But Wait There’s More
The YouTube channel they shared now boats of over 9,000 subscribers. Isn’t that impressive? Aside from this, they feature projects of other people. They do not only focus on theirs. Luke features projects such as his own mother’s renovation of a 1972 camper. You might also remember the video about the wagon owned by a sheepherder!
His Own Space
According to Luke, the new tiny home gives him some much-needed space when he needs alone time. The young home builder explained, I have a twin brother so it gives me the chance to have my own space,” said the confident home builder.
When he was asked to tour us around the tiny home, Luke mostly talk about how much building this tiny home cost him. He clarified that the overall cost took him around “more like $1,200, but I rounded it up just in case I forgot anything.”
Luke could not have known just how much attention he would receive for the home project he was about to embark on. Nonetheless, he made sure to use of the attention for the better. He said, “I want to show kids it’s possible to build at this age.” How admirable is that? Good job, Luke! What could this talented young man plan to do in the future?
Upwards and Onwards
“The main purpose is to be my starter home,” he declared. “I’m going to save money and expand.” In only a matter of years, he hopes to build a bigger tiny home that is located on a trailer. If he goes to college, he will no longer have to think about campus housing!
During an interview with ABC News, Luke Thill revealed, “In a couple of years I want to build a bigger house and stay in it full-time.” Considering the success of his earlier project, we are sure he can do the same thing when it comes to determination and the like.
The Best Part
We bet you will not be able to predict what he liked best about making the tiny home. Apparently it was the way he and his father spent time together. He said, “Me and my dad really bonded through the process…he was really busy but he made sure to spend time with me.” Isn’t that sweet?
Luke continues to think ahead. We have no doubt that this young man has a clear idea of what he wants to do in the future. “Everyone had to have a big house, and now people have changed and realized it’s not practical,” he said. “You can save money, travel the world and do what you want instead.”
Meet Renee McLaughlin
Renee McLaughlin has a story that is similar to Luke Thill. After all, she also made a tiny home of her own. She actually sold a 3,300 square foot home and opted for an 87 square feet tiny home instead. “I think we’ve reached a threshold where this ‘stuff’ is running our lives. We spend all our time working to buy it, clean it and organize it,” she said. “It’s not making us happy.”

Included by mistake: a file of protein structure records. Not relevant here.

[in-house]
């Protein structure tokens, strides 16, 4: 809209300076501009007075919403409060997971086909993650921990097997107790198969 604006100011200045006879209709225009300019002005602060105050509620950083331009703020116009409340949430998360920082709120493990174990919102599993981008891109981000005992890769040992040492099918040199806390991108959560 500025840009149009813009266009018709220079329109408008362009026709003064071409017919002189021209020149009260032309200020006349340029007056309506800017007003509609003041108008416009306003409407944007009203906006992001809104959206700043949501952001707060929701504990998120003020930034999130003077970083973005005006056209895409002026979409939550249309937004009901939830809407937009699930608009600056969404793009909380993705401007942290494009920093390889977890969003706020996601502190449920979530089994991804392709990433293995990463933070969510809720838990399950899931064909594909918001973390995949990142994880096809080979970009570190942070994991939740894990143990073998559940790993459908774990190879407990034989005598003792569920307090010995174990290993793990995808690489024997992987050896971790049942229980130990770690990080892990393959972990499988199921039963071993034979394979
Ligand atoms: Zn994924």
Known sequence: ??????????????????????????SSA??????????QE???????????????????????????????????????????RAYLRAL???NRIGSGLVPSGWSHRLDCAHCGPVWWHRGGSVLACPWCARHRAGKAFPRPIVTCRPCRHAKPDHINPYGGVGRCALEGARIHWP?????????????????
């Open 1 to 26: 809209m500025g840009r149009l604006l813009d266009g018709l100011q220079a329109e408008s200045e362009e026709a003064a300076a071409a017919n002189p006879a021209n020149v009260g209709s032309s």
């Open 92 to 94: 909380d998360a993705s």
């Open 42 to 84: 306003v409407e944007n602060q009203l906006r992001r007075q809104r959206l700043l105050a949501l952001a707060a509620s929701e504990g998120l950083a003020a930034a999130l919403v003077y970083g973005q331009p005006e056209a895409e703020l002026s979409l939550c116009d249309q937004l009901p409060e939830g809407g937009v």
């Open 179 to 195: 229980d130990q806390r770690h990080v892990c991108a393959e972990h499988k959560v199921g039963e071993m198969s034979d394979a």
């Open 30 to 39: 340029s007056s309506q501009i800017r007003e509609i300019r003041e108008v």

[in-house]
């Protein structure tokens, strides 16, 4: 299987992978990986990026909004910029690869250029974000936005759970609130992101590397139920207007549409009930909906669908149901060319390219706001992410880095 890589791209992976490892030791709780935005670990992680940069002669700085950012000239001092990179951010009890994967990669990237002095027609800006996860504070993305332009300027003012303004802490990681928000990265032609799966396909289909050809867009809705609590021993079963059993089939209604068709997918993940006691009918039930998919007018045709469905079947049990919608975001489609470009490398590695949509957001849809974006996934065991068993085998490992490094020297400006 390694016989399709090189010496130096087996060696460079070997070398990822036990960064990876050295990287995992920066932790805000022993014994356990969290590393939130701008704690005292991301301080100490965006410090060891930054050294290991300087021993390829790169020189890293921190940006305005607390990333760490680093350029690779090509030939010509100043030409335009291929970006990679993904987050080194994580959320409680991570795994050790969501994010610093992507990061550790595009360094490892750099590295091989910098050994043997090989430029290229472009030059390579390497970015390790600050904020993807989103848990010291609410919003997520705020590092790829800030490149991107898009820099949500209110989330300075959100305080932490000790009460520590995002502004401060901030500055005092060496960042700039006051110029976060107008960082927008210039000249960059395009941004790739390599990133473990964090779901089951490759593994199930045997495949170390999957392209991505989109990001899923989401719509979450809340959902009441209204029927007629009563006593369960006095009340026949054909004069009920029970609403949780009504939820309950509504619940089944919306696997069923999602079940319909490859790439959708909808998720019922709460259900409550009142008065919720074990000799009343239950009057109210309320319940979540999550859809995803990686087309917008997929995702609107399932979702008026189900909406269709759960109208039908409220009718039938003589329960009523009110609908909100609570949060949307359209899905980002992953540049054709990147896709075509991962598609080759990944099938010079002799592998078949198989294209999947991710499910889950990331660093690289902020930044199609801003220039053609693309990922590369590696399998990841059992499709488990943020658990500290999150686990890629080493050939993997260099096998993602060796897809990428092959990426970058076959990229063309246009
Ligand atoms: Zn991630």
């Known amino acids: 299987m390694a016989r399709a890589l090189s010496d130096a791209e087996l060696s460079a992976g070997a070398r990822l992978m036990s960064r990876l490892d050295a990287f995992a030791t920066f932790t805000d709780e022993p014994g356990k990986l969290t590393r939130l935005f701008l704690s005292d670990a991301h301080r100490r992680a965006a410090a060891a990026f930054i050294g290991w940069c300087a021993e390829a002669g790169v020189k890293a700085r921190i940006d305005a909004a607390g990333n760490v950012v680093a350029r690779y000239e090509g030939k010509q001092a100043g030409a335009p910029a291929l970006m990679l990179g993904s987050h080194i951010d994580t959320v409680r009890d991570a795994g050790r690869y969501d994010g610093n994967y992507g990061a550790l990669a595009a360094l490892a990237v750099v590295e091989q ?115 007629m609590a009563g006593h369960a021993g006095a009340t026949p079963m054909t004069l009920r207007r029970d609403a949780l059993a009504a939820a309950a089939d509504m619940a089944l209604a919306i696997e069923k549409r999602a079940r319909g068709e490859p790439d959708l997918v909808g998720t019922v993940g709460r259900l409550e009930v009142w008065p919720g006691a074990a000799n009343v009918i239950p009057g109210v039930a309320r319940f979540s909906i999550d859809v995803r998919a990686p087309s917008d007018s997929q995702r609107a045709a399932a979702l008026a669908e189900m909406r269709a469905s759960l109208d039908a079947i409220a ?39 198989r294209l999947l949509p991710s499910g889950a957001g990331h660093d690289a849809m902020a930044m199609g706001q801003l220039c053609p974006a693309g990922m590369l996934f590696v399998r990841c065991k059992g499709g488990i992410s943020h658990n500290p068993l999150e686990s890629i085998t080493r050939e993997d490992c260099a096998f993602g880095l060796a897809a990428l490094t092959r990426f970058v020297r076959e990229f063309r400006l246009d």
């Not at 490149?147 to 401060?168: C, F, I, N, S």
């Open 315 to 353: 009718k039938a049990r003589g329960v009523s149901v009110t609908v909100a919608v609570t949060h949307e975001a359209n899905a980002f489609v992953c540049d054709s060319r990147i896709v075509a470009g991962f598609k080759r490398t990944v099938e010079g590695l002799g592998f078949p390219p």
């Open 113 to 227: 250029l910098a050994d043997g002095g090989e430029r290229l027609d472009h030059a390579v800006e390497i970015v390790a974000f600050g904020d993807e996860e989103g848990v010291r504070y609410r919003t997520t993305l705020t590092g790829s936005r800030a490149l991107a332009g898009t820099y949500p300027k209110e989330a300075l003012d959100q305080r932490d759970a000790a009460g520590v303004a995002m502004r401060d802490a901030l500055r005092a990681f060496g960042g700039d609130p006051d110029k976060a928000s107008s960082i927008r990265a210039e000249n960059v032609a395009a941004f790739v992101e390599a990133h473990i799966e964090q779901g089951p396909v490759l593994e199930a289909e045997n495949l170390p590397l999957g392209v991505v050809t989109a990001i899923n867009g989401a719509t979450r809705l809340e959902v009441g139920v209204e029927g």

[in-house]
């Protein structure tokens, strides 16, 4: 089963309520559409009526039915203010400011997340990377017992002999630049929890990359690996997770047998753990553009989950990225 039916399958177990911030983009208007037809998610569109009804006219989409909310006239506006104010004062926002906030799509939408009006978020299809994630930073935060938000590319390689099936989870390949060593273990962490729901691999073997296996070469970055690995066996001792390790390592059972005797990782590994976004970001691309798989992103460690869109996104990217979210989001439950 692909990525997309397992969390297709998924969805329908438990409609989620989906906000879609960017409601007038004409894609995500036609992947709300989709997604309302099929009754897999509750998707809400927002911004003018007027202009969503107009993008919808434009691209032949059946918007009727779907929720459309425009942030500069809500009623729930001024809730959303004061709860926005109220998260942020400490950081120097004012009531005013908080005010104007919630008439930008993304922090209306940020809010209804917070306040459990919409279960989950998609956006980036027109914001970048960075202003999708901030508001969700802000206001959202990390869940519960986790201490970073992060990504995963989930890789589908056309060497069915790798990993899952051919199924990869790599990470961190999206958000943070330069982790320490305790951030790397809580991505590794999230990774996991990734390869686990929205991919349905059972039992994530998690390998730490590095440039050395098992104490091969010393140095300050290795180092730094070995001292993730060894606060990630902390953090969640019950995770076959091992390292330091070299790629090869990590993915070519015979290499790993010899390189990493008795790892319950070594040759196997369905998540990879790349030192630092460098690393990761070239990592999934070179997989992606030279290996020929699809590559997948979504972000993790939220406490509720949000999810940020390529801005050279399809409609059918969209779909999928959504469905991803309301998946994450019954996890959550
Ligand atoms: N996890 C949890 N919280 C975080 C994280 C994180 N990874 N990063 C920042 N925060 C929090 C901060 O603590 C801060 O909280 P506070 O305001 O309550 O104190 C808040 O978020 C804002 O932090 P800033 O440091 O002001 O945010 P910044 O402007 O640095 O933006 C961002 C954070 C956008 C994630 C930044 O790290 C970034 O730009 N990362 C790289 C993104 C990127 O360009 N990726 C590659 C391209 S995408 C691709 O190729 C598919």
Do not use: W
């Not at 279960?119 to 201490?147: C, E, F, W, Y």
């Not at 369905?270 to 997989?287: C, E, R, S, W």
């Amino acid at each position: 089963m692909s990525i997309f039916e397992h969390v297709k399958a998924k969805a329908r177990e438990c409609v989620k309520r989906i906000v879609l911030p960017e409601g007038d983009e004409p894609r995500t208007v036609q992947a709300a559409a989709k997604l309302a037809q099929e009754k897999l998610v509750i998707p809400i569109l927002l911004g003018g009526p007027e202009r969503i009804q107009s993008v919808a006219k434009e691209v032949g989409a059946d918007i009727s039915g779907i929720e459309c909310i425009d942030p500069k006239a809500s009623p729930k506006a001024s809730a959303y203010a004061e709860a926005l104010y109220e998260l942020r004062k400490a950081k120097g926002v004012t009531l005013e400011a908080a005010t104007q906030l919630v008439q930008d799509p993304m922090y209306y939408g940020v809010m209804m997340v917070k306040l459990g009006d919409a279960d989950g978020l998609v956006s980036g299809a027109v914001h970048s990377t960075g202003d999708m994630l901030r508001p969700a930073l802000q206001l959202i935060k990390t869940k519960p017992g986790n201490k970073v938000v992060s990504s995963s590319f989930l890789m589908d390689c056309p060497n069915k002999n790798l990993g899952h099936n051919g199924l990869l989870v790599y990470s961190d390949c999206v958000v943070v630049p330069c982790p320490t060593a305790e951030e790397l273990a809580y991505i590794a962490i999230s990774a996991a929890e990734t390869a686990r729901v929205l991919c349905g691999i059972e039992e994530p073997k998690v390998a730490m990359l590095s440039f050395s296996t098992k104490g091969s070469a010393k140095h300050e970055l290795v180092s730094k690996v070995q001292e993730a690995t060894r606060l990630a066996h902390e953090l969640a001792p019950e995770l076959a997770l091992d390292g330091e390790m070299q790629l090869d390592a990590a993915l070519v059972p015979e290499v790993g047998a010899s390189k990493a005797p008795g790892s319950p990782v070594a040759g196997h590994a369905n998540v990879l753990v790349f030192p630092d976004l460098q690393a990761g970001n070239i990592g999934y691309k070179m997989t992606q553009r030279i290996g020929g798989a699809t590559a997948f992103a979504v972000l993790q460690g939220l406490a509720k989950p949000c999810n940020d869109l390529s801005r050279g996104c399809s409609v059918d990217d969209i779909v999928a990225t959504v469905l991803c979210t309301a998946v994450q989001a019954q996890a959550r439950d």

The New “In”
Tiny homes are those that are smaller than 500 square feet. More and more, they are becoming popular. Renee McLaughlin also happens to be the TinyFest Midwest organizer who invited Luke to speak at the festival. She adores her tiny home on wheels very much. She is not at all ashamed of her new living arrangement!
An Affordable Option
Although there were people who thought it was ridiculous, the housing prices make it seem like this is the way to go. “I now own everything outright with no debt,” Renee explained. “I can move around. It’s nice to know I can just go.” Moreover, tiny homes can be just as stylish as a regular home. Just take a look at this one!
Chuck Em Out
Renee recommends disposing of excess objects that you are holding onto for no good reason. She now shops less and gives away stuff she no longer needs. However, it was not as easy as it might sound. This is especially true when it comes to her clothes and shoes. She explained, “I’m a simple girl, but a girl, nonetheless.”
We know just how appealing it sounds to make a tiny home of your own! Before you sell your house and start making one, however, know that most infrastructures do not support it. City codes often require houses to be a certain size. In Des Moines, the housing code standard for a house is a width of 24 feet! As you can see, Luke barely made it.
The “tiny house movement” is actually more than just an architectural idea. It is also considered to be a social movement. Now that everyone wants to downsize, living in a smaller space with less things should be the way to do it.
Looking At The Numbers
Doesn’t it sound exciting to live in a tiny home you created yourself? However, you should know that there is still a lot of work to do before it becomes mainstream. A recent survey showed us that only 3,000 homes in the United States fall under the “tiny homes” category. It barely made a dent in the 1.5 million home listings!
Records show that tiny homes cost about $23,000 on average. That is a lot cheaper than a normal home! It also indicates that 70% of tiny homeowners do not have a mortgage. As you might already know, monthly mortgage payments often deal a blow to your finances for two to three decades. With a tiny home, you will no longer need to worry about it.
It’s In Our Hands
This young man has shown us that we can change the future when we are armed with determination. The future looks rather grim when you consider the fact that mass consumption will be even worse. It is up to us to look for ways to lower our carbon footprint and save the environment. Small homes might just be the best way to go about this!